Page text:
(originally posted 12/29/12)
On a recent winter trip to the Grand Tetons National Park, along with regular visitors, we were greeted by a sight that I didn’t expect to see in one of our nations national parks….hunters.
Let me say for the record, I’m all for people being able to enjoy the activities that they find pleasure in as long as it doesn’t disrupt the good the people or break any laws, but I have to say I’m not a fan of hunting. I know there is a long standing tradition of hunting in this country and my grandfather was a big hunter, but the times have changed, the world has changed, and I’m not so sure where this fits in any longer.
Our government maintains a “elk management program” that involves thinning of the elk herds by hunters. OK makes sense, another of “man trying to control/manage nature” things. However, they also allow thinning to occur in Grand Teton National Park.
So we rolled into the park in late November to the sights of day-glo orange, camouflage, and high-power rifles. A few weeks ago I had read that there were bear issues in the park, so come prepared. I thought that could be a typo or something, since the bears should be bedding down for winter. Oh no, no typo here. You see, since there was hunting going on, there was alot of fresh meat, which means that the bears weren’t sleeping. They were awake, hungry and from what I heard, a mite grumpy too since they weren’t sleeping yet.
So our first morning in the park, we heading to Schwabacher Landing to shoot some landscape images. Walking down the snowy trail, the first thing I notice is some large bear tracks! And, they looked fairly recent, within the past day or so. Not 3 minutes after I see the tracks, two hunters come by with rifles, scopes and all their gear. Oh great, we are down here with hungry bears and guys with guns! Landscape photography now has a new element of danger to it.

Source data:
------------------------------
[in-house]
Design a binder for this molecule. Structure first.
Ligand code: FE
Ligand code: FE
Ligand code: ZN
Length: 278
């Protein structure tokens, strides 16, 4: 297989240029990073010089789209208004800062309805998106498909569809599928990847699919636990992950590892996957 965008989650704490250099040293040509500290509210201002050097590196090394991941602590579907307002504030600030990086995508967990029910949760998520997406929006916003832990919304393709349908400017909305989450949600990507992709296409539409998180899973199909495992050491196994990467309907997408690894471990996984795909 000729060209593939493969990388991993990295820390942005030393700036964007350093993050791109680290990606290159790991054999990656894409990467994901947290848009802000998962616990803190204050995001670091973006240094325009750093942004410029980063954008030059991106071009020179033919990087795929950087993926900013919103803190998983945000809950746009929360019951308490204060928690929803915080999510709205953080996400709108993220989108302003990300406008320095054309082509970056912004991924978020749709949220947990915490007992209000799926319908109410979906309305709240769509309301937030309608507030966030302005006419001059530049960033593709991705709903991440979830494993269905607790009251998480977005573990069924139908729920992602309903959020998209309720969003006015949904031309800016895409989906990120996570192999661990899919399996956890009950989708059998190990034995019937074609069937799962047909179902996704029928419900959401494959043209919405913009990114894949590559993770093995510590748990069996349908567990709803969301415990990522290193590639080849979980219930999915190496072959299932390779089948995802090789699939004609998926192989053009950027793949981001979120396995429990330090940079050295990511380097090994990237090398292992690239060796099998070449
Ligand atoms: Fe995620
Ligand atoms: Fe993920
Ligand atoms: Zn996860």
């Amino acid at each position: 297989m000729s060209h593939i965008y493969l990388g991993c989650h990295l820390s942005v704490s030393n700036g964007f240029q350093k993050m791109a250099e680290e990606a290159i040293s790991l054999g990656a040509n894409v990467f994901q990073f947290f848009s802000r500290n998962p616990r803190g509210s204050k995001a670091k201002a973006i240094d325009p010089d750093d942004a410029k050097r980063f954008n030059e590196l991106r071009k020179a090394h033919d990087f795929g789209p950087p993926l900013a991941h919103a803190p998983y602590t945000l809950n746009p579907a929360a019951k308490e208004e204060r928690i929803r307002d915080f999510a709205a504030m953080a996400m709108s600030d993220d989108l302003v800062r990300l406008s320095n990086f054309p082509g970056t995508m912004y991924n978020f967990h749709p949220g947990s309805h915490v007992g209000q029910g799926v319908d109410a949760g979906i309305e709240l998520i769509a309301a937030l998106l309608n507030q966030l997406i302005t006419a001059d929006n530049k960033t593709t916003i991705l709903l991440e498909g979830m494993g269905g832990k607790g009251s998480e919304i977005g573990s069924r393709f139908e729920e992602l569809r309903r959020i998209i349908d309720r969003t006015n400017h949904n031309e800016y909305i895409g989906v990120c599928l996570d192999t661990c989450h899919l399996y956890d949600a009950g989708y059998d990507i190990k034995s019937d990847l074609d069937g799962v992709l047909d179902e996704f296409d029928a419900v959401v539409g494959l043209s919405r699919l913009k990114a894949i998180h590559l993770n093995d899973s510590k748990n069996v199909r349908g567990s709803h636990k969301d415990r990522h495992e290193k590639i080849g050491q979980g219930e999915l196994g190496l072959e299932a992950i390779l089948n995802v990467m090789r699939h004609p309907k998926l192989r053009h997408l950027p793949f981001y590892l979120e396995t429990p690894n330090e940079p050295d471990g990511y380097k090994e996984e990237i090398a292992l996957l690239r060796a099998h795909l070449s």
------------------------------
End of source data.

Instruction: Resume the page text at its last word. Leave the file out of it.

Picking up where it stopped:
We set up and began shooting some landscapes of the Tetons on a crisp, clear morning. After about 30 minutes a group of 4 people show up, toting still cameras, video cameras and such. Turns out, they were shooting a documentary about the elk hunt and the impact it was having on the bears and the other folks visiting the park for recreation. The crew was accompanied by Tom Mangelsen who is one of the preeminant wildlife photographers of our time and who lives in Jackson WY. We struck up a conversation with Tom who told us a much more troubling story.
Apparently 3 days before we arrived, a grizzly bear was shot and killed a few yards from where we were shooting pictures. A dad and his two sons were out hunting when they say the bear charged them, so they had to shoot it. The kids were 12 and 13 years old, with high-powered rifles. As you can imagine, this caused an uproar in the nature community and called into question hunting in the park.
The naturalist in the group explained that the bear tracks I saw were from a grizzly and only a couple hours old. She then showed us the blood trail from the killed bear when they hauled out the animal for disposal. All of this brought home even more the sketchy location we were in.
As recreationalists, we were interviewed for the video and provided some insight into our experience in park, trying to enjoy a scenic winter landscape amidst the sounds of gunshots and . We never did see the bear and we talked a lot about running to town to buy some day-glo clothing for ourselves so we weren’t shot by some hunter thinking I was a big furry bear or elk.
Hunting by itself is not a bad pursuit, I’m not saying to not do it. But America is filled with lots of open land with no people, land that could be hunted. Why sanction a hunt in one of the most majestic and beautiful National Parks? Let those of us who enjoy nature for natures sake, enjoy these treasures in peace without the risk of being shot. And, let the bears sleep on their natural rhythms.
Change the rules please…